Rebus review: Promising Ian Rankin adaptation brings us into the murky, violent world of ‘tartan noir’

It’s boom time for hard-bitten Scottish crime dramas on TV. BBC One’s reboot of Rebus arrives after the success of Neil Forsyth’s Guilt and Irvine Welsh’s Crime, which certainly puts the pressure on Richard Rankin as its lead. The 41-year-old Outlander star has to stand out not only from Ken Stott’s original portrayal of the seen-it-all Edinburgh polis but from Dougray Scott’s tortured, substance-abusing DI from Crime and Mark Bonnar’s funny, crooked lawyer from Guilt, too.

Of course, there’s the depth of characterisation to draw on – Sir Ian Rankin (no relation) has published 24 Inspector Rebus novels and counting (there’s a new one out in October) – and it doesn’t hurt that the actor has a certain physical similarity to Stott, who played the detective in four series for ITV in the Noughties. He has some of his humour and charm, too, but perhaps not quite the mordant gloom of his scowl. There’s a relatable quality to Rankin, though, which is evident from the very first shot.

It’s an unusual one: a bloodied DS John Rebus, smoking a cigarette in neon-lit darkness, turns to look at the camera, holding the audience’s gaze for several long seconds. Then he strolls over to a crashed car containing a trapped detective colleague, his mentor George “Dod” Blantyre, before continuing his walk to a nearby ambulance, inside of which sits crime boss Ger Cafferty, whom he tries to murder.

If that isn’t enough to convince us we’re in the murky, violent world of “tartan noir”, then a nasty street stabbing and a punishment for a drug-stash shakedown involving a very sharp pair of secateurs surely will. Rebus is handed the job of solving the knife attack in the historic old town, noting that it’s fine for the perpetrators to “chop each other up in the schemes, not in the City”, with his default cynicism.

What unfolds from there is a knotted tale of rival gangsters (Stuart Bowman, incidentally, was so good as crime lord Roy Lynch in Guilt that he gets the chance to double down as criminal kingpin Cafferty here), stretched loyalties and deadly acts of revenge. It’s not long before a brush with drug runners from loyalist paramilitary group the UDA adds a blowtorch to the mix. The tension is high, the danger palpable, and Rebus can’t avoid becoming morally implicated.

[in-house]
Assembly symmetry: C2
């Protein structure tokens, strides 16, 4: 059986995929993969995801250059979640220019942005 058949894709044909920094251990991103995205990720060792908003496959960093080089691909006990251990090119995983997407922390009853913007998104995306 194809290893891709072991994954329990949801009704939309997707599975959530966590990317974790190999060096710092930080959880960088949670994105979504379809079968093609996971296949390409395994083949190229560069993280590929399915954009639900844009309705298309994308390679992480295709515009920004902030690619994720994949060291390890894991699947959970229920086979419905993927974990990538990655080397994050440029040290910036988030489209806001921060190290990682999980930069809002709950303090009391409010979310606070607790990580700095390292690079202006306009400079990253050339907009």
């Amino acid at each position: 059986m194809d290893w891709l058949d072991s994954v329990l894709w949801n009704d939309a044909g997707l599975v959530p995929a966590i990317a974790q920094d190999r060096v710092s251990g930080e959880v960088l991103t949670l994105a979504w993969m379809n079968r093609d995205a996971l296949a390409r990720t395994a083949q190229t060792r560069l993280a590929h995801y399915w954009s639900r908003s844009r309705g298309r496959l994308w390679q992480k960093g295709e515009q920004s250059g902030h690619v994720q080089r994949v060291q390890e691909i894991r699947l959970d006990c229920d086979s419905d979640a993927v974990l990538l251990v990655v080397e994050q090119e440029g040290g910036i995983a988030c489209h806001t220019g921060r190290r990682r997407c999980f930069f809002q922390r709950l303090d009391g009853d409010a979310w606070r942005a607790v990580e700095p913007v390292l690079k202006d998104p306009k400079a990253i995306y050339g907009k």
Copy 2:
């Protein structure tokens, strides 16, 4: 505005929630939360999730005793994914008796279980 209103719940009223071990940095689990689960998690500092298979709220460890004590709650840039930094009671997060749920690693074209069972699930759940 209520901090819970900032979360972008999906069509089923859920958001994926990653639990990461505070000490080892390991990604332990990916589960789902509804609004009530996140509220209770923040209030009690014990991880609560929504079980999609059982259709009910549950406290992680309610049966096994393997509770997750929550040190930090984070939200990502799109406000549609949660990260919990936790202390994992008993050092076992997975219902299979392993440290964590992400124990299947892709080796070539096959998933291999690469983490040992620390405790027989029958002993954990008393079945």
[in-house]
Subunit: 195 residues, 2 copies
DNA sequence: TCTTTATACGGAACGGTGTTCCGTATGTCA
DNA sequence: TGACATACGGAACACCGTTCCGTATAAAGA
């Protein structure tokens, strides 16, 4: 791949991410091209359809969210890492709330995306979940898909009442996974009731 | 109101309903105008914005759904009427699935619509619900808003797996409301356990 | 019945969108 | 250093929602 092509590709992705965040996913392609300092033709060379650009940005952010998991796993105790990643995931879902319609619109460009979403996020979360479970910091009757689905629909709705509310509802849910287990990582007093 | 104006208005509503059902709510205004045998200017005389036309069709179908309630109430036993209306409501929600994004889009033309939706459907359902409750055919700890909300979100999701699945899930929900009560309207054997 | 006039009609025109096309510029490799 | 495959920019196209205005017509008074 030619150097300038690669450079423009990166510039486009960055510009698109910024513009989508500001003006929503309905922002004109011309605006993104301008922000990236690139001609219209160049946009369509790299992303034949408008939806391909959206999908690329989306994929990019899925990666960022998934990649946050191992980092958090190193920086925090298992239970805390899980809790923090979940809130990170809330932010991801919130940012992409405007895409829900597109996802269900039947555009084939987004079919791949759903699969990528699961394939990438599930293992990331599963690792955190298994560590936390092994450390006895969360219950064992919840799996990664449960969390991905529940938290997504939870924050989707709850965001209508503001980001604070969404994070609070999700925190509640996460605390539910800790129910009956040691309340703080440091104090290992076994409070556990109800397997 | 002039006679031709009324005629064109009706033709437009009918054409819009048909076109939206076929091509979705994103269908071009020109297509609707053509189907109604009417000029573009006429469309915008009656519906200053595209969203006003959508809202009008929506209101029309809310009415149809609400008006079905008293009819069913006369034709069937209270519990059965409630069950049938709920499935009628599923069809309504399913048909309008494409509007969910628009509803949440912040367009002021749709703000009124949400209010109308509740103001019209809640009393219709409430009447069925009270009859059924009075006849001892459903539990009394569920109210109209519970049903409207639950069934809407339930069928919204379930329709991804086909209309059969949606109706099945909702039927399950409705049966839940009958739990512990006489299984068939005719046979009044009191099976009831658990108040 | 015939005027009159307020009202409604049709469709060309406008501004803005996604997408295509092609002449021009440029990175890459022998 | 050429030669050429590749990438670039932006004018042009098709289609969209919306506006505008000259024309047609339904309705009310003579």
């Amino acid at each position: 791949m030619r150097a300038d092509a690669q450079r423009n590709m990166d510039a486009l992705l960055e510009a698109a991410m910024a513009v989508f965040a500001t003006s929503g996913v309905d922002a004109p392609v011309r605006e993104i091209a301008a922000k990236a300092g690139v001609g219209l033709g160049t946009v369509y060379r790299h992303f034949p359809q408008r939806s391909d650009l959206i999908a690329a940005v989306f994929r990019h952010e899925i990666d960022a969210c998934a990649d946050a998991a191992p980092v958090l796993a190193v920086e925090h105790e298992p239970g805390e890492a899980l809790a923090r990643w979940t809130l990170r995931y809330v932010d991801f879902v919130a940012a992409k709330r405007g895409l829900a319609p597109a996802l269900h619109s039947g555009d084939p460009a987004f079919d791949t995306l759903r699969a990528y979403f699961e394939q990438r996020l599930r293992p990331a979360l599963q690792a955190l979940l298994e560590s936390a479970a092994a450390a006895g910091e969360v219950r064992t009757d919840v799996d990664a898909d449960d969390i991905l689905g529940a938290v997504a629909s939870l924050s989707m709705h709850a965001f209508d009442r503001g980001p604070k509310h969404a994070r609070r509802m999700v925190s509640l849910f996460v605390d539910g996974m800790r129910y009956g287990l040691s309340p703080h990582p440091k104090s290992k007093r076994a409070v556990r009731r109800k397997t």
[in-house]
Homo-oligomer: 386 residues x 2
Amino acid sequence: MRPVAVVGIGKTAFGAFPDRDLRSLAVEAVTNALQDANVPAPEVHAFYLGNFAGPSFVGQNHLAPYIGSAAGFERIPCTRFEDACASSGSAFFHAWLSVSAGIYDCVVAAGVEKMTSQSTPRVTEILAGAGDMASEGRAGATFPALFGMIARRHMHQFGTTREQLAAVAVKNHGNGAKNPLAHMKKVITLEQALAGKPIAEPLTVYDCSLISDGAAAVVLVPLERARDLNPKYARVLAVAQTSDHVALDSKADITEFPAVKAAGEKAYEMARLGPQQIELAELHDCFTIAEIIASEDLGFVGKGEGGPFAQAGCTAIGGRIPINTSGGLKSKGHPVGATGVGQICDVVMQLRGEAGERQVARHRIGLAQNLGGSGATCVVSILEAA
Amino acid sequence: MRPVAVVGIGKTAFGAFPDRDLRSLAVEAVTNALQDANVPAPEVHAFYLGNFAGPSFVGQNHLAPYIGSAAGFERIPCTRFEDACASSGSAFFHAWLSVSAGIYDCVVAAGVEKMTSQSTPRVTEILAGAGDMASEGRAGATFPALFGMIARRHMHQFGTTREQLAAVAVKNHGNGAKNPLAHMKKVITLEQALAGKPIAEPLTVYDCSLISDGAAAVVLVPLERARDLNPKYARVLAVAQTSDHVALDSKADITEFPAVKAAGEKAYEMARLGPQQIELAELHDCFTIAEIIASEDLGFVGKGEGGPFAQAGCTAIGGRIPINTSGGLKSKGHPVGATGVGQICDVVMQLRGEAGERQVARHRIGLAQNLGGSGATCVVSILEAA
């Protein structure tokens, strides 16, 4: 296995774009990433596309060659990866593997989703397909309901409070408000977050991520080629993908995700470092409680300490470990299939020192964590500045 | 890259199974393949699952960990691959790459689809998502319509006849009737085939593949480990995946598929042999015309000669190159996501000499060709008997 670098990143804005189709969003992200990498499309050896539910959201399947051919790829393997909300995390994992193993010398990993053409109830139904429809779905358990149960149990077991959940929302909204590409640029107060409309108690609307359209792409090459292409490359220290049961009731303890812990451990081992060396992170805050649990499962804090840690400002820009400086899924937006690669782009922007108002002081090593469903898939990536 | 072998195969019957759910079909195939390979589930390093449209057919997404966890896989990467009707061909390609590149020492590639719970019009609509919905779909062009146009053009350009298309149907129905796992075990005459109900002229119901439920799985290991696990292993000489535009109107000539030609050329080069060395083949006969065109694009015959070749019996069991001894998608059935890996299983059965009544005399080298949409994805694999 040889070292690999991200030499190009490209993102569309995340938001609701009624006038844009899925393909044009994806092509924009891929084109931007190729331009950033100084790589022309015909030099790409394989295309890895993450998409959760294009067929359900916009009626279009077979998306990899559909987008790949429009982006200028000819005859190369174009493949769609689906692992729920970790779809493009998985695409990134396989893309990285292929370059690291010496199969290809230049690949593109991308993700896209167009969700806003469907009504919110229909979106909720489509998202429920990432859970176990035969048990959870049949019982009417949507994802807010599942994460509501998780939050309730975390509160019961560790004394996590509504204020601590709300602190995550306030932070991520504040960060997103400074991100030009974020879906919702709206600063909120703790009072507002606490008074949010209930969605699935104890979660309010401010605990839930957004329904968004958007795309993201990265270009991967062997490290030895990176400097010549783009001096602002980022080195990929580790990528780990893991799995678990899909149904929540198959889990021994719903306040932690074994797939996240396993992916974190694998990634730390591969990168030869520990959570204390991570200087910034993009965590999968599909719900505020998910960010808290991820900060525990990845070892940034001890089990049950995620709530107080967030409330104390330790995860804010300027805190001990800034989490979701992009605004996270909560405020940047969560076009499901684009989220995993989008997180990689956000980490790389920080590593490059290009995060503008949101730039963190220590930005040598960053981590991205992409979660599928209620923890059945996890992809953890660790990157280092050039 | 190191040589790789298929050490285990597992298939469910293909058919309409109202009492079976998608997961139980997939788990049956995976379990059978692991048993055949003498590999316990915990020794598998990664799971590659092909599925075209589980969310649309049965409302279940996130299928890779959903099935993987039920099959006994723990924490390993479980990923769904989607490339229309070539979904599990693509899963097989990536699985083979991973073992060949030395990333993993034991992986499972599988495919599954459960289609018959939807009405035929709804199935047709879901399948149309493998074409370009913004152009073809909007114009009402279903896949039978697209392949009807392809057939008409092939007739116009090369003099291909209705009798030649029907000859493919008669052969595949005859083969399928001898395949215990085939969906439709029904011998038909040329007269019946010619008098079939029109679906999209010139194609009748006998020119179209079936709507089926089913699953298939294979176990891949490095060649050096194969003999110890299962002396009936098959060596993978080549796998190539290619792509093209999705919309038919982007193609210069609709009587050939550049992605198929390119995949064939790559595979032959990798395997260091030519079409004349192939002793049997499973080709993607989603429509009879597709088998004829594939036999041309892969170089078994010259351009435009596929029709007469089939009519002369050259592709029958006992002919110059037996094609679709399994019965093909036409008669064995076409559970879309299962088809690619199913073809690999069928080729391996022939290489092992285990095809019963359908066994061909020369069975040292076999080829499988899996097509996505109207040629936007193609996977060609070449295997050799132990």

Meanwhile, he’s juggling his job with trying to stay off the booze, struggling to come to terms with his ex-wife’s new relationship and stay close to his daughter, and attempting to exit an affair that’s much too close to home. “Things feel like they’re unravelling, everything’s slipping out of control,” he tells his counsellor (“Andrea, ma wee shrink”). And, inevitably, where there’s a troubled, maverick cop, there’s someone from internal affairs – or in this case, professional standards – lurking close by.

There’s a healthy dose of social commentary. Rebus is introduced to his new partner, the fast-tracked DC Siobhan “Shiv” Clarke (Lucie Shorthouse), fresh from the detective course – “I hear it’s a whole week now,” he says by way of greeting. Budget cuts are further grumbled about, as well as the way the English are drawn to Edinburgh’s scenic charms – “They go to the uni and they get a degree and they fall in love with the place. So they stay and they get married and they have kids and they start f***ing Instagramming and cycling aboot the place like they’re in Denmark or something.”

Richard Rankin in ‘Rebus’ (BBC/Viaplay /Eleventh Hour/Mark Mainz)
Richard Rankin in ‘Rebus’ (BBC/Viaplay /Eleventh Hour/Mark Mainz)

Like most detective dramas, Rebus relies on the push and pull of its central relationships. Naturally, there’s history between the detective and his ex, Rhona (the excellent Amy Manson), and it hangs in the air in every interaction between them. There’s history, too, between Rebus and Cafferty, and their scenes together are charged with sly threats and counter-threats. Rebus and fast-tracker Shiv, though, are just getting to know each other – “You have no culture?” she accuses; “I have a culture of not liking things,” he replies. They’re not cooking on gas yet, that’s for sure, but there are hints that they could grow into a bankable duo.

There’s not much time to explore that, though. Events move relentlessly on in this six-parter, the darkness gradually enveloping almost everyone within it, and the lurch in the stomach that accompanies it shows Rebus is capable of holding its own. Sometimes it feels a little overworked – the dizzying shift from stressed, struggling former soldier to military-grade gangland player of Rebus’s brother Michael feels like a major stretch. And sometimes it feels as if screenwriter Gregory Burke and author Rankin are grappling with the difficulties of how to present this world of hard men, without offending the sensitivities of today’s BBC, but they get by. There’s serious competition in the crime world now, and Rebus will have to work hard to get ahead, but this is a strong start to what could turn out to be a successful franchise operation.